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Italian word of the day: ‘Proposito’

Italian word of the day proposito
Photo: Annie Spratt/Unsplash/Nicolas Raymond
There’s a lot to be said with regard to this word.

You’ll hear proposito used in such wide variety of contexts in Italy that without a primer, foreigners can easily be left wondering exactly what it translates to.

That’s because proposito is a versatile word that means a number of different things in English depending on the situation you use it in and the preposition you use it with.

To start with, it can mean a firm purpose, objective, resolution, or plan.

Il suo proposito è di andarsene entro gennaio.
Her objective is to leave by January.

Lui è molto ostinato nei suoi propositi, nessuno può smuoverlo.
He’s very dogged in his resolutions, no one can change his mind.

Che propositi avete per il futuro?
What plans do you have for the future?

Since proposito in this context is something you intend or plan to do, doing something ‘on purpose’ or deliberately is doing it di proposito.

Non l’ho mica fatto di proposito!
I certainly didn’t do it on purpose!

Pensa che tu abbia fallito l’esame di proposito per poter rimanere nella stessa classe di Sara.
She thinks you failed the exam on purpose so you could stay in the same class as Sara.

Sorry Not Sorry Oops GIF by Amazon Prime Video

Aside from this, proposito can also be a topic or subject matter.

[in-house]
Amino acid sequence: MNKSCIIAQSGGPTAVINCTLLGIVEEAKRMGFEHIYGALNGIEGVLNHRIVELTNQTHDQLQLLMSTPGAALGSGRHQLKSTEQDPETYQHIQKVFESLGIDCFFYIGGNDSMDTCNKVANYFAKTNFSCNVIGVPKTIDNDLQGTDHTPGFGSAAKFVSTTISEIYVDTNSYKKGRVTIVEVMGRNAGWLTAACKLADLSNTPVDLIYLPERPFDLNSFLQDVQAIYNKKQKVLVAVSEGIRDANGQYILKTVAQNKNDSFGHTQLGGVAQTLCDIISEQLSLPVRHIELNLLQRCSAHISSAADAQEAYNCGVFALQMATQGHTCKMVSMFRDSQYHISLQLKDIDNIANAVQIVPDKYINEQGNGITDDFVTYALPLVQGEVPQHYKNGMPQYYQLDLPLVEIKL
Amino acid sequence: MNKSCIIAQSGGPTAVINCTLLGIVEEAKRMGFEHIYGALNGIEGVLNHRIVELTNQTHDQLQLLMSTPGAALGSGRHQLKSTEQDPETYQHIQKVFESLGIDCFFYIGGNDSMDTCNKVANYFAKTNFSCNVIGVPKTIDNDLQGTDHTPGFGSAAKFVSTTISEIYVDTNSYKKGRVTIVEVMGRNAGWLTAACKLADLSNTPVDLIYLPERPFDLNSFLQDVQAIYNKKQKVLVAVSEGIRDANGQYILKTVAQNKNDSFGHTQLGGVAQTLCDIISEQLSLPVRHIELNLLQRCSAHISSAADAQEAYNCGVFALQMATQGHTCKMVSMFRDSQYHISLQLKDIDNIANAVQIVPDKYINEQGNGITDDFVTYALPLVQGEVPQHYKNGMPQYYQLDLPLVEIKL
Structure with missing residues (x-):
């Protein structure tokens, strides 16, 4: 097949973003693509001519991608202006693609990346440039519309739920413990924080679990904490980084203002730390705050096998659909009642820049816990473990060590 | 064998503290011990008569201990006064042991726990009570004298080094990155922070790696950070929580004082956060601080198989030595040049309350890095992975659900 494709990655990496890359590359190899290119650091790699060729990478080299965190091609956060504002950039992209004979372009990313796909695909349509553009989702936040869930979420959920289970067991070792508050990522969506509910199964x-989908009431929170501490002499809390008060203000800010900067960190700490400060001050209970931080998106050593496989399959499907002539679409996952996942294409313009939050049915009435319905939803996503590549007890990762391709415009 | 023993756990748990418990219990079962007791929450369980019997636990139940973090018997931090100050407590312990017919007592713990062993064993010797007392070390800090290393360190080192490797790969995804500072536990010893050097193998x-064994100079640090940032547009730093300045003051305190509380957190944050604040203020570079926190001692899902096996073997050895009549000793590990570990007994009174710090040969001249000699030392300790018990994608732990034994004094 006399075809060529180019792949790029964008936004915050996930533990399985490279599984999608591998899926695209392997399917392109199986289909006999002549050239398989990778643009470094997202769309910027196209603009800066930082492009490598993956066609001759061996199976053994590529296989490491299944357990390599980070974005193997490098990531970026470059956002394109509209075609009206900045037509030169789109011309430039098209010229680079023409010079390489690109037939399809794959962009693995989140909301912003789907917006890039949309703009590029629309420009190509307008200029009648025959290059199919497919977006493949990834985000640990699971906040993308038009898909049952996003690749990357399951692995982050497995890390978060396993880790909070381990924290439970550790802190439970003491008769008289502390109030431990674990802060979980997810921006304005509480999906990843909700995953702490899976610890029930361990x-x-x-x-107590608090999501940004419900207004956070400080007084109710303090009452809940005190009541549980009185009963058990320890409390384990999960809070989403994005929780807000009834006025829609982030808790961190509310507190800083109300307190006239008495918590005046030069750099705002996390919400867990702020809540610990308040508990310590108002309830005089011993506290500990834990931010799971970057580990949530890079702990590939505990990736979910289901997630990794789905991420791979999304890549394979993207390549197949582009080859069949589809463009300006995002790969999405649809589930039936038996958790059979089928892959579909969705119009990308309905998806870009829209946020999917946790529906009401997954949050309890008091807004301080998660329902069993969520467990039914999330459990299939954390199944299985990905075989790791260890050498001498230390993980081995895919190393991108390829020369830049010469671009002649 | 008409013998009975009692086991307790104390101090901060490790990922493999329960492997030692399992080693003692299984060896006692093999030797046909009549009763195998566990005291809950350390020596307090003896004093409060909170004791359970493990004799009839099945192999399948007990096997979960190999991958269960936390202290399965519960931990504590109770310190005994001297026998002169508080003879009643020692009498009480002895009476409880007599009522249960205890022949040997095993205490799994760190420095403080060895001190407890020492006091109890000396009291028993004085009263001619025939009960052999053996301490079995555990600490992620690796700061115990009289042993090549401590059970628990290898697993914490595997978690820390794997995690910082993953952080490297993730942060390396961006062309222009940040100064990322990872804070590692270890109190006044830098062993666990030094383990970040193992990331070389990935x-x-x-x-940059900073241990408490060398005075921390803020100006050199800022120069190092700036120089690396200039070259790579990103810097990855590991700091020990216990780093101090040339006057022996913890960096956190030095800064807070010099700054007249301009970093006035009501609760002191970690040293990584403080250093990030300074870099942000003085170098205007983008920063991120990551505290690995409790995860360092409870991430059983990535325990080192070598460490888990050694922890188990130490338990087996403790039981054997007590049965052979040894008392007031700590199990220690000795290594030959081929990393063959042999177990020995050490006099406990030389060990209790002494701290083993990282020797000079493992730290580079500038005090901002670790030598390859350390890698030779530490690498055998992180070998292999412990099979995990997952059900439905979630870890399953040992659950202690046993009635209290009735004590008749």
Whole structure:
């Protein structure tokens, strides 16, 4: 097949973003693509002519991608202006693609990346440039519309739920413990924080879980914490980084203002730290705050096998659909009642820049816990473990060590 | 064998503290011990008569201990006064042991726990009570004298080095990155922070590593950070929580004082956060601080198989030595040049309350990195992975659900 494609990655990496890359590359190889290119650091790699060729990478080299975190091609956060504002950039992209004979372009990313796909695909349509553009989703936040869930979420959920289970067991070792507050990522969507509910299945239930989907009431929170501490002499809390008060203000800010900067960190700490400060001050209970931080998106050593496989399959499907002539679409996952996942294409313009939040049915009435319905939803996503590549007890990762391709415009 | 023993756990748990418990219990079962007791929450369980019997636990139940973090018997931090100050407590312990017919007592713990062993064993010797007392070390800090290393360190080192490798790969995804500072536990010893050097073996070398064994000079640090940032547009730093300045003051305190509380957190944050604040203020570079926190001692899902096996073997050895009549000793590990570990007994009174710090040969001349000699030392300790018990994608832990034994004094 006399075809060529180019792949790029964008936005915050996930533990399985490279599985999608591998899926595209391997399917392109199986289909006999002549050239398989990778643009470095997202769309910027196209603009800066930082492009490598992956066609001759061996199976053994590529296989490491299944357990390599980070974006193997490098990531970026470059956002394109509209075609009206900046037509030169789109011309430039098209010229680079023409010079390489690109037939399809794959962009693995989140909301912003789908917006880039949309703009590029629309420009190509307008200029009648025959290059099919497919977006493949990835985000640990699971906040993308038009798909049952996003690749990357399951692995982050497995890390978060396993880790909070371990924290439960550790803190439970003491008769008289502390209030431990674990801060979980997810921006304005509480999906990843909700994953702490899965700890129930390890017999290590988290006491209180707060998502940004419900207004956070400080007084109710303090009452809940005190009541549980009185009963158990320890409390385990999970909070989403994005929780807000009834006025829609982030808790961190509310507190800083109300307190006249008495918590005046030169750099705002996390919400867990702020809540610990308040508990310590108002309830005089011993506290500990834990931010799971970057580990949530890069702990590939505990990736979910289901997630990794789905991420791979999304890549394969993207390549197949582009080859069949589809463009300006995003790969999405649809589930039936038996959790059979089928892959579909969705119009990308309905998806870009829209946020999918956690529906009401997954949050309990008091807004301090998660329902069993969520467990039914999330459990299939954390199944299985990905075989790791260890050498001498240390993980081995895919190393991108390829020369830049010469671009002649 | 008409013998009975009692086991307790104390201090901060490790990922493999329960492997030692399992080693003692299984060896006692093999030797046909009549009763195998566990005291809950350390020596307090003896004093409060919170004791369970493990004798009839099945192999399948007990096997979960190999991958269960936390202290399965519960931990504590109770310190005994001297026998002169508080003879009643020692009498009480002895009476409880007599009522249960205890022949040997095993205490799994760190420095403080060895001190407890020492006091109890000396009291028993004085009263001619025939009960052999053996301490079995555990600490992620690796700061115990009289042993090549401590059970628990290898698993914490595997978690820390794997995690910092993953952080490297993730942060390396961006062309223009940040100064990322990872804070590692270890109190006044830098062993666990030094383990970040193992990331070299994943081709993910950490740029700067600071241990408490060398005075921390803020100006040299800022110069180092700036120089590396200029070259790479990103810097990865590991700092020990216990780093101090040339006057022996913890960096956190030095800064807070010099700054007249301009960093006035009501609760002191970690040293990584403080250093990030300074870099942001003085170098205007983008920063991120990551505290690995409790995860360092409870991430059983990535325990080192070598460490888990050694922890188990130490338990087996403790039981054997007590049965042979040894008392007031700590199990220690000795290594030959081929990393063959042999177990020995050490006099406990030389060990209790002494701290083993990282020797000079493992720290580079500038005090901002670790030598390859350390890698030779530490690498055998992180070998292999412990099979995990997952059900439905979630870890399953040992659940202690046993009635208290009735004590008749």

Lei pensa solo a questo proposito.
She thinks of nothing else but this.

Ho già qualche idea a proposito.
I already have some ideas on the subject.

When used in this way, we can combine proposito with the preposition ‘a’ to form the phrases a questo proposito, meaning ‘with regard to this’, or a proposito di…, meaning ‘with regard to…’, ‘about…’, or ‘on the subject of…’.

Ci sono alcune domande che potrebbero aiutarci a questo proposito.
There are a few questions that might help us in this regard.

A proposito di compiti, non mi hai ancora mostrato i tuoi.
Speaking of homework, you still haven’t shown me yours.

Volevo parlarti a proposito di Giovanni.
I wanted to speak with you about Giovanni.

Similarly, in proposito means ‘in this regard’ or ‘with regard to this’ when referring back to something that has just been discussed.

Le ho rivolto qualche domanda in proposito.
I’ve sent you a few questions in connection with this matter.

Il governo ha una notevole responsabilità in proposito.
The government bears a good deal of responsibility in this respect.

Finally, we can use a proposito either to mean ‘opportunely’ or appropriately; or, conversationally, to mean ‘by the way’.

Vieni a proposito!
You’re coming at the right time!

A proposito, io sono a favore.
By the way, I think it’s a good thing.

Potete chiamarmi Laura, a proposito.
You can all call me Laura, by the way.

With many Italian words, you can put an ‘s’ at the beginning to turn its meaning on its head, and this holds true with proposito, as a spoprosito means inopportune, or inappropriate; while the noun uno sproposito means a blunder.

Forse ho parlato a sproposito.
Perhaps I spoke out of turn.

È stato uno sproposito reagire così.
It was a mistake to react like this.

See if you can use the word in conversation a proposito (not a sproposito!) this week.

Do you have an Italian word you’d like us to feature? If so, please email us with your suggestion.


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